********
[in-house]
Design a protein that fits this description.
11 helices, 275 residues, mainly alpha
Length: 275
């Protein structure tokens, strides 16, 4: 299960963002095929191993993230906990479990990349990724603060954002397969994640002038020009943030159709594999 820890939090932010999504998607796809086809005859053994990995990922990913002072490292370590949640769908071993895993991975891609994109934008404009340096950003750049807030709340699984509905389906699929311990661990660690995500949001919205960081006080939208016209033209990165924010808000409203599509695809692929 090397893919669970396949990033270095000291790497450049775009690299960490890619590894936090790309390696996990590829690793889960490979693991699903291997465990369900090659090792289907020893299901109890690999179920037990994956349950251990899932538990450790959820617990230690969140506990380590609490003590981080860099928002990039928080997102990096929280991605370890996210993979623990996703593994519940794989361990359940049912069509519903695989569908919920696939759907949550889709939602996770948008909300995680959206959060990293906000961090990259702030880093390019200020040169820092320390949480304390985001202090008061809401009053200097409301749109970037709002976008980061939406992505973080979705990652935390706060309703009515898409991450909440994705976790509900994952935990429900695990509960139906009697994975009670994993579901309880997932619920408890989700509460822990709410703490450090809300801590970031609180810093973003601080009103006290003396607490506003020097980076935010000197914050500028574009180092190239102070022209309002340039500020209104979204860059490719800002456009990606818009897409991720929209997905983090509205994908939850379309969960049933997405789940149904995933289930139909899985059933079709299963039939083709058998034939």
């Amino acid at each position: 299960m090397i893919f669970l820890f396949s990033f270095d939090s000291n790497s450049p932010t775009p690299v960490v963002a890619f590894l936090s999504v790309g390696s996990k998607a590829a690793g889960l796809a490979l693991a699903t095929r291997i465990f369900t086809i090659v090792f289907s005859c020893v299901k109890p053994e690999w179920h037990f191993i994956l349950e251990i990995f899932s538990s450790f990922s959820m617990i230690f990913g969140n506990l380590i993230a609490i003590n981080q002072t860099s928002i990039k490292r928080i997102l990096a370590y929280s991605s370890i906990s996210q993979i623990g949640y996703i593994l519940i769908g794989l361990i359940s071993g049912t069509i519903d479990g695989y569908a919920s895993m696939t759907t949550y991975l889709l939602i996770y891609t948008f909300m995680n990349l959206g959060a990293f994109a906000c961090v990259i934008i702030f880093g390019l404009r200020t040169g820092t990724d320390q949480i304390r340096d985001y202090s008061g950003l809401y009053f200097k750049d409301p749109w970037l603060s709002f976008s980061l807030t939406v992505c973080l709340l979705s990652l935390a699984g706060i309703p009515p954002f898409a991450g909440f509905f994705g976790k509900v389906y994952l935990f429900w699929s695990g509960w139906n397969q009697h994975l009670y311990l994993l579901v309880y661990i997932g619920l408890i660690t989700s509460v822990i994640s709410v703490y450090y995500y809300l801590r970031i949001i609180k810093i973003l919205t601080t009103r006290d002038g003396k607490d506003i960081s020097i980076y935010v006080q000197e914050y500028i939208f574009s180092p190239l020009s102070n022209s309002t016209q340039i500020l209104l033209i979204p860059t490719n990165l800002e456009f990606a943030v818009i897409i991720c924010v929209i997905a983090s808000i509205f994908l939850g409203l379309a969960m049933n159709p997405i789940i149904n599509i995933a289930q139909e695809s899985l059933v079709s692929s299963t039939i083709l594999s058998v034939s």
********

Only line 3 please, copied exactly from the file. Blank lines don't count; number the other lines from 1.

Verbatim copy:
11 helices, 275 residues, mainly alpha